Examining Knowledge as a Motivation for Attention to Breast Cancer–Related Information Across Different Media

Xiaodong Yang, Liang Chen


This study investigates motivations of attention to breast cancer–related information across different media, including factual knowledge, structural knowledge, and risk perception based on the cognitive learning process. Structural equation modeling is used to test the impacts of factual knowledge and structural knowledge on Singaporean women’s attention to media messages about breast cancer, with risk perception of the disease as a mediating factor. The results indicate that structural knowledge raises women’s perception of risk, which in turn is positively associated with their attention to reports about breast cancer in newspapers, on television, and on the Internet. Factual knowledge about breast cancer has no significant association with women’s perception of risk. In terms of theoretical and practical implications, this study highlights the role of knowledge in affecting individuals’ media attention rather than testing how media attention affects knowledge acquisition, and it suggests that practitioners should put more effort into cultivating women’s structural knowledge about breast cancer.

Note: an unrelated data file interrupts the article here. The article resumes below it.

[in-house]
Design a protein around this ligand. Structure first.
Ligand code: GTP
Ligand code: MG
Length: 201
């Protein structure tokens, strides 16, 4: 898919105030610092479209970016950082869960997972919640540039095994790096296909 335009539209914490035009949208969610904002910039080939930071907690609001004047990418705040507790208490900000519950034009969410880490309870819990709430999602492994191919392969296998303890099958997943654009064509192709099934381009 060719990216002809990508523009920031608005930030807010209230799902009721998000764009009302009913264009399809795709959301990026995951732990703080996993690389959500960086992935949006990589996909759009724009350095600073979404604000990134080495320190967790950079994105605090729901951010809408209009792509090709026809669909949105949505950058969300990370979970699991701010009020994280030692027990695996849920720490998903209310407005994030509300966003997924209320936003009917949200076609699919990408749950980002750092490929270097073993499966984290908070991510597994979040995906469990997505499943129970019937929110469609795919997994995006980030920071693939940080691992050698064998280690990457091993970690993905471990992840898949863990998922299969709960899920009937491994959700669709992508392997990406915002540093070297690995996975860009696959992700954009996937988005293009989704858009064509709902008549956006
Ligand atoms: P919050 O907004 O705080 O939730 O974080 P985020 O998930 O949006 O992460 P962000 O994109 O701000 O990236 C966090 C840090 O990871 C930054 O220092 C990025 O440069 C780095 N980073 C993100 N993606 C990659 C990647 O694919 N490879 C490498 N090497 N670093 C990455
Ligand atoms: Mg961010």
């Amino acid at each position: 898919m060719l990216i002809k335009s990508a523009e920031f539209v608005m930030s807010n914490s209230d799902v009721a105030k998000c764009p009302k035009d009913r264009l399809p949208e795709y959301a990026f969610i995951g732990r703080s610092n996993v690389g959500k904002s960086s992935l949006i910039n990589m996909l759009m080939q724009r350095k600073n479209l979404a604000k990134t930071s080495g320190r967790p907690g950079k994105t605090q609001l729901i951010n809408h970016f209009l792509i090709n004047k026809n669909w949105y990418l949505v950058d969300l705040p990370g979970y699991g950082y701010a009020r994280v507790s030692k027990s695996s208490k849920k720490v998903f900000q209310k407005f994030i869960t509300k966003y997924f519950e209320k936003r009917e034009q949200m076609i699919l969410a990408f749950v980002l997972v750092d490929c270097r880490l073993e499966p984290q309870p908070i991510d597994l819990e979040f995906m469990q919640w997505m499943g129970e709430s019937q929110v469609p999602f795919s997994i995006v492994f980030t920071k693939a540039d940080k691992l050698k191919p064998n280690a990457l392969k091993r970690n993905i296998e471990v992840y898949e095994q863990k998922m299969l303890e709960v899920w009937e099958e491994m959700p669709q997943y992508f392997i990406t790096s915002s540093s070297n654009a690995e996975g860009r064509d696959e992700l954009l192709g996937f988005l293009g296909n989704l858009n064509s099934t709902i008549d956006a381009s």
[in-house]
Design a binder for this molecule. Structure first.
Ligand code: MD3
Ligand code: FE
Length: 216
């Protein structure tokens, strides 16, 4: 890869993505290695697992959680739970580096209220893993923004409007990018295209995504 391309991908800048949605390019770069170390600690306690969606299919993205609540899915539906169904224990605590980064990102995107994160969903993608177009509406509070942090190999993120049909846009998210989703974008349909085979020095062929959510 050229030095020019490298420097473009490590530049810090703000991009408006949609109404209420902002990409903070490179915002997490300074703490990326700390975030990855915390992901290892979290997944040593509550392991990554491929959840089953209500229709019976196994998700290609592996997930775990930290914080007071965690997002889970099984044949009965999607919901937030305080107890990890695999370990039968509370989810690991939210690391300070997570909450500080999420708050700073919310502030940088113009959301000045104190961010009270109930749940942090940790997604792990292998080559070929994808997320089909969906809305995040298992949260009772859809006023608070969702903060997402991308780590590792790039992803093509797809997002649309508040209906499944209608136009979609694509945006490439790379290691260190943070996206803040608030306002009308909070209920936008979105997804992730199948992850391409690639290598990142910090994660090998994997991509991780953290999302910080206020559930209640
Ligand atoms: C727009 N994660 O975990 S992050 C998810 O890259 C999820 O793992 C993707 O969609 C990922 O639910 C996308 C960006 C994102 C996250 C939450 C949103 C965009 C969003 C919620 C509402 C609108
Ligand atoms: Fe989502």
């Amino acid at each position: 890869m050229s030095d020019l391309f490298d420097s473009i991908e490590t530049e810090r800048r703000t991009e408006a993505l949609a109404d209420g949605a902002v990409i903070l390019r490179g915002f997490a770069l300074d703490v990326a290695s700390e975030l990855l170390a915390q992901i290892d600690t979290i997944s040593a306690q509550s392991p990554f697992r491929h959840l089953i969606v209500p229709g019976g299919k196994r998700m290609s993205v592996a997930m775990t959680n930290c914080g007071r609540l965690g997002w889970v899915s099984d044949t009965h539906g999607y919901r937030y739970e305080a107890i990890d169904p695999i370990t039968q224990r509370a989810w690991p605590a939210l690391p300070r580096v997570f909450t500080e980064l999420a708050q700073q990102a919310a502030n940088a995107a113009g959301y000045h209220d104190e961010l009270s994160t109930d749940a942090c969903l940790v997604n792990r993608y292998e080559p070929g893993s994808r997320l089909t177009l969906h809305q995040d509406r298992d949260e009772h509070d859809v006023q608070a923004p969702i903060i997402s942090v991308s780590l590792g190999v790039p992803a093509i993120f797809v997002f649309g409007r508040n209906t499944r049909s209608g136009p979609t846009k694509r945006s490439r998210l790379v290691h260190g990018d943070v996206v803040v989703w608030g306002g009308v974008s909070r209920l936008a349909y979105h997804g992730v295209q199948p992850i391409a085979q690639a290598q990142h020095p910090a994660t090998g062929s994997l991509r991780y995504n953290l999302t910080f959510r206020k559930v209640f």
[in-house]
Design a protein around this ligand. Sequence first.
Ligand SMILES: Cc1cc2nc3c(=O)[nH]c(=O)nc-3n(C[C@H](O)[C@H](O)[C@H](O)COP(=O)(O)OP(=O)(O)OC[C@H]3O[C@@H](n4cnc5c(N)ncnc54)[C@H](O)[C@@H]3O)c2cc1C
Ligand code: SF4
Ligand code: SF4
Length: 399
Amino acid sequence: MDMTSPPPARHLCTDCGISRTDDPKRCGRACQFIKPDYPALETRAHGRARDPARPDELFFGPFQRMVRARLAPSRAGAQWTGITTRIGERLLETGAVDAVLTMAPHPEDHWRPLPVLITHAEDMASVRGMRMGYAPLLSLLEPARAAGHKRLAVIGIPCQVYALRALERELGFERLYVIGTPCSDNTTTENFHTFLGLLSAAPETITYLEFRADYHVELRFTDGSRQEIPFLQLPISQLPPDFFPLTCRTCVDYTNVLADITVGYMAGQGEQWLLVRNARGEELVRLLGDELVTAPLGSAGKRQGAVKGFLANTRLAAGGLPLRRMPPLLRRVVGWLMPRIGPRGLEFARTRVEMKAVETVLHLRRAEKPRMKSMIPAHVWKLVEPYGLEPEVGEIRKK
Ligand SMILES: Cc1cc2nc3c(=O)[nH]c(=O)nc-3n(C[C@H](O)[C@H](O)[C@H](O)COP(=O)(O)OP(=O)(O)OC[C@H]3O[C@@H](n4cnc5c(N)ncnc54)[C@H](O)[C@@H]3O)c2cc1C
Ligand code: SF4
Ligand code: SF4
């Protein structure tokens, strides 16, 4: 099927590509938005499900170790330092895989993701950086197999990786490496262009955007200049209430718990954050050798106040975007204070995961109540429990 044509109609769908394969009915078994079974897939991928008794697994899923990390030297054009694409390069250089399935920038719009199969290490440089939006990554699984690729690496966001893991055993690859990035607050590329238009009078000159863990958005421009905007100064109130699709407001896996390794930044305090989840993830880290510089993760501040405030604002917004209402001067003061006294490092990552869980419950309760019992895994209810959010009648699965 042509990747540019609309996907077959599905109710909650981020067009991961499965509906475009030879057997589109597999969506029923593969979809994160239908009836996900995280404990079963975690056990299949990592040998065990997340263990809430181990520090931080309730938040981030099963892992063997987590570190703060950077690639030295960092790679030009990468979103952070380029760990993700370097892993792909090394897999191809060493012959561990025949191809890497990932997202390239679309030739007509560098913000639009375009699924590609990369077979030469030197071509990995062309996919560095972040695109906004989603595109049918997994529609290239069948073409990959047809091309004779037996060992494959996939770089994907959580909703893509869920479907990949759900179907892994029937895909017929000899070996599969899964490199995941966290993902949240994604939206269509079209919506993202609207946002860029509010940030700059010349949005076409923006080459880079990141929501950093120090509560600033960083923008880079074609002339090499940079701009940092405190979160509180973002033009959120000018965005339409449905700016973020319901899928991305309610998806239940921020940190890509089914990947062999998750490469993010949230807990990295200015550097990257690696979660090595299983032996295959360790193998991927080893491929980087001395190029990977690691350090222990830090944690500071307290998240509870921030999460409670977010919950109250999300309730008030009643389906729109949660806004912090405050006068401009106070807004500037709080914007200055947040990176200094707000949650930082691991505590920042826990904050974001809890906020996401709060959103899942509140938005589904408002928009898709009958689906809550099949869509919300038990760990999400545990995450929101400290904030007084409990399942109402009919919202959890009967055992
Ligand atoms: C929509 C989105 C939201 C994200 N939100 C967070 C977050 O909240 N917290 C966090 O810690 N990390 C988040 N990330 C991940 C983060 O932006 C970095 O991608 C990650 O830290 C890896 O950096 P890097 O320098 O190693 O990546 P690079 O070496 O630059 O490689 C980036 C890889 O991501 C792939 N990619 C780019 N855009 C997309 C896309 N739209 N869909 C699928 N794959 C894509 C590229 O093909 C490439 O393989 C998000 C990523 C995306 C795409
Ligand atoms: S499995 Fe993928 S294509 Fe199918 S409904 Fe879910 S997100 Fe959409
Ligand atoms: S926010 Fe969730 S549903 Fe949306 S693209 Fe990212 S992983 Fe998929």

structural knowledge, factual knowledge, risk perception, media attention

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